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SCI research for a cure – What kind of research do you support?

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  • Originally posted by Steven Edwards
    Faye, are you implying that Gateway For A Cure is a religious organization? If so, I don't think they are. Their definition of SCNT is ... inaccurate and incomplete.
    No I'm not implying gateway for a Cure is a religious org. As a matter of fact they are associated with Dr. McDonald, but they do share the aversion of using "fertilized egg cells", similar to many of the religious folks I talk to.

    The religious folks I talk to much prefer using the eggcell as a growth medium for the adult cell nucleus to create patient matched tissue, even after I mention the word "cloning".

    I always add that if it weren't for cloning, none of us would be alive. After all the only reason we age and get wrinkles is because our cellular cloning process becomes somewhat defective.


    • SCNT preferred over ESCR?

      Steven, let me give you an example of a catholic woman who has an easier time with SCNT than with ESCR from left-over blastocysts:

      Which is more pro-life: to destroy these embryos, which will never become children because they are not transplanted into a woman's womb? Or to give these embryos value by using them to advance life-saving research? I have to admit that I don't how to handle this ethical hot potato. But I can tell you that over the years, watching this disease take my life and the lives of my friends away little by little, sometimes makes me deeply question my own beliefs.

      So, this brings us back to the issue of cloning. The key to understanding the issue lies in the distinction between reproductive cloning -- which should be banned immediately -- and life-saving, therapeutic cloning. Therapeutic cloning is entirely moral, in agreement with the fundamental values of all of the major religions, and offers great promise for curing terrible, fatal diseases that affect young and old people alike. Therapeutic cloning will save lives; it cannot create them.


      • Joan Blessington Snyder prefers cord blood stem cell research, though.'s worse than we thought. it turns out the people at the white house are not secret muslims, they're nerds.


        • Originally posted by Steven Edwards
          Joan Blessington Snyder prefers cord blood stem cell research, though.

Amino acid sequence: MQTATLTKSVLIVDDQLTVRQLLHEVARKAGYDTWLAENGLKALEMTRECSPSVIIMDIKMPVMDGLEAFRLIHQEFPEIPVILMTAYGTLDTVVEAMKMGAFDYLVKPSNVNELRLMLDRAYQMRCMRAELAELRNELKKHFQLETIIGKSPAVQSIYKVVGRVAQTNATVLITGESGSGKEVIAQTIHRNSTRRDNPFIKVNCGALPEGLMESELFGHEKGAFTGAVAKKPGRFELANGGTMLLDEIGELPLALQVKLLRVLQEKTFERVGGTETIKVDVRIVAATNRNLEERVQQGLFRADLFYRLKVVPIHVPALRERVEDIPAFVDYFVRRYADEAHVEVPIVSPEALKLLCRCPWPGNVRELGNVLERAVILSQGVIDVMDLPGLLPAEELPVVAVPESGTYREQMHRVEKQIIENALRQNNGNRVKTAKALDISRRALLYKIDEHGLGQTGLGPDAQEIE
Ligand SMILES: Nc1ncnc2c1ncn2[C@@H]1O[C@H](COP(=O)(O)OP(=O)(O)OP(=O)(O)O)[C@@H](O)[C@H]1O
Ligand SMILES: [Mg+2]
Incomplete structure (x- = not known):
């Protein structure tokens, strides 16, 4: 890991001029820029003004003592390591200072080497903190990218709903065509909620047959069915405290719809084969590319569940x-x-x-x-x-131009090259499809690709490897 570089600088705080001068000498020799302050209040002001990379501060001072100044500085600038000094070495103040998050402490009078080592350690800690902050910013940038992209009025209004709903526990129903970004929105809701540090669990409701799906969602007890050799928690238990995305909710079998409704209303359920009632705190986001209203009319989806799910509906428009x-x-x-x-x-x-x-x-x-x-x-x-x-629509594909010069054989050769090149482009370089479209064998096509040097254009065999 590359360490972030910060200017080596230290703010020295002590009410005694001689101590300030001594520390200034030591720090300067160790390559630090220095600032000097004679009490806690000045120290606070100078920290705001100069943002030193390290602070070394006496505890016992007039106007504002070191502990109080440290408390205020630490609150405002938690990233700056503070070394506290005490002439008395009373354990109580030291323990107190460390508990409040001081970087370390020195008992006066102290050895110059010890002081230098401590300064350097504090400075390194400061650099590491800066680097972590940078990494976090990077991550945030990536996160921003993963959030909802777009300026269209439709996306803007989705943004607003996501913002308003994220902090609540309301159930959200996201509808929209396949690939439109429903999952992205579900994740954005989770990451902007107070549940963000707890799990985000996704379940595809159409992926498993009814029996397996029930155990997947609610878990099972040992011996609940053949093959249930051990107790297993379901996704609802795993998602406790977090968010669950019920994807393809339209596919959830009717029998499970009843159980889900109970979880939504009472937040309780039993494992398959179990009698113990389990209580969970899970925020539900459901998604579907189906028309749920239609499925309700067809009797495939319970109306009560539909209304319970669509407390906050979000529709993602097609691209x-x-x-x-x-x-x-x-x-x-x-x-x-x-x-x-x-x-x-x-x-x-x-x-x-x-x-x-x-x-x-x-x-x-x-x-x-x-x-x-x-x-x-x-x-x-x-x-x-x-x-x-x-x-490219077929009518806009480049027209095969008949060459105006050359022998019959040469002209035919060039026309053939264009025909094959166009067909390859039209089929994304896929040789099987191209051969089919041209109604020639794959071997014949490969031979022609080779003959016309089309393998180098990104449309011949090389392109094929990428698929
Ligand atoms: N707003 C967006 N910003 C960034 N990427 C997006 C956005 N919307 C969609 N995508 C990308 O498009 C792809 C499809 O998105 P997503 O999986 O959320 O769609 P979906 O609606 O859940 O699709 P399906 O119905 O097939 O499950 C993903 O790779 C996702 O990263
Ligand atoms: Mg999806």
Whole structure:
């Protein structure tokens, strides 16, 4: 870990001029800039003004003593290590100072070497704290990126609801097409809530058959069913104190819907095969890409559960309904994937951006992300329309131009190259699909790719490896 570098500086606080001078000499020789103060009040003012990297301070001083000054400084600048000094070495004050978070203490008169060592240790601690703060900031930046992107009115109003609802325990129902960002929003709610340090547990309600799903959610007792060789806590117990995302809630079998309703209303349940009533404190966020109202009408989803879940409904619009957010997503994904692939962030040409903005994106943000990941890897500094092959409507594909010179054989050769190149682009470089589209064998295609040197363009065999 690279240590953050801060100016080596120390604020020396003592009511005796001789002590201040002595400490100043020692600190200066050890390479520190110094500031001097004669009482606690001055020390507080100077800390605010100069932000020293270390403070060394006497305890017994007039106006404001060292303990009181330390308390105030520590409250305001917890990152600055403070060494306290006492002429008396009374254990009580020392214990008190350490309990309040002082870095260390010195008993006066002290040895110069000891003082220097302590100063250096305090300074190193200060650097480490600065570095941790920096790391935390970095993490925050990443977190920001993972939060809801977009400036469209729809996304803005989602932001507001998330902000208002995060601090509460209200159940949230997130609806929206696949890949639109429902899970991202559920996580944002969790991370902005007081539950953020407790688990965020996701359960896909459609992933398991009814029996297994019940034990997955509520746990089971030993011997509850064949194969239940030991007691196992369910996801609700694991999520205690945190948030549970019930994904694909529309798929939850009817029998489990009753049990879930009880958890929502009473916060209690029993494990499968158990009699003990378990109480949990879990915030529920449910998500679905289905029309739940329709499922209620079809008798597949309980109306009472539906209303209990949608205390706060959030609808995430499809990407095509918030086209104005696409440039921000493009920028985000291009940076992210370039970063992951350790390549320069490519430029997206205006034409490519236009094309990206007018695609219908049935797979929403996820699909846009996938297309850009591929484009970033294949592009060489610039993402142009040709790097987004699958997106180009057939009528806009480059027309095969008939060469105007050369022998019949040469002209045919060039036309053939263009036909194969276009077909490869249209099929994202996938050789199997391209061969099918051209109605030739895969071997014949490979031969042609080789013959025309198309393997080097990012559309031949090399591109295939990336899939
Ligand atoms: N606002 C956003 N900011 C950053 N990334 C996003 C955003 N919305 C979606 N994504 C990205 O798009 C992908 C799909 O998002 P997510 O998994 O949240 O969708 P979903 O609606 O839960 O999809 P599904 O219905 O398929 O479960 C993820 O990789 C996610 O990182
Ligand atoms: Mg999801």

Yup, she's suffering from stem cell confusion too

          as a Roman Catholic...
          who is both pro-life but also pro-stem cell research (altho i prefer cord blood research to embryonic), i have been walking a tightrope on the stem cell issue for years. i sometimes find myself playing devil's advocate to the different sides (for example, up at church, i find myself endorsing embryonic stem cell research and at the PAN forum, i was outspoken in my defence of cord blood research rather than embryonic). i don't do this as if i am playing games or just to be contrary but rather as a o/c urge to get to the bottom of all this rethoric about a culture of life vs. a culture of death.
          From Braintalk, a 43,000 member forum for people with CNS disorders:

          Seriously though, it's clear from my previous post that she prefers SCNT over other ESCR. She has ethical problems with ESCR on fetilized eggs, and would prefer UCB over that.

          However I do not see her having any problems whatsoever with the SCNT method of obtaining ESC's, if you read the link I provided in my previous post.


          • Originally Posted by Wise Young

            , the cloning of embryonic stem cells by somatic cell nuclear transfer is quite controversial.

            Full post

            Here is another example of some religious person who's OK with SCNT, but not with ESCR from left-over blastocysts.

            state Rep. Rob Eissler, R-The Woodlands, believes that one form of embryonic stem cell research - somatic cell nuclear transfer - can be reconciled with committed, Republican, conservative pro-life politics.

            Somatic cell nuclear transfer, also called therapeutic cloning, involves removing the genetic material from a human egg cell, and then transplanting the full complement of genetic material from an adult cell, such as a skin cell. This unfertilized cell is electrically stimulated and then, scientists believe, can then be made to divide in the laboratory and then "teased," scientists hope, into any number of kinds of human cells. Those cells could then be used to treat any number of human diseases, theoretically.
            But can it be called a human embryo - a human clone, in other words - and does it have a soul?
            Eissler said he's been told by scientists that this technique does not yield a potential human being; for him, that puts it in ethically safe territory.
            "The dividing line is whether it's a human being or not," Eissler said. "I'm trying to learn the science. That's why I've latched onto somatic cell nuclear transfer; you have the chance to help people, and not tread on an ethical area.
            "I think you're a lot closer to destroying life within in-vitro fertilized embryos than in somatic cell nuclear transfer. I feel like it's a pro-life position trying to save these kids who have diabetes or paralysis."


            • Originally posted by Faye
              Yup, she's suffering from stem cell confusion too
              LOL x 3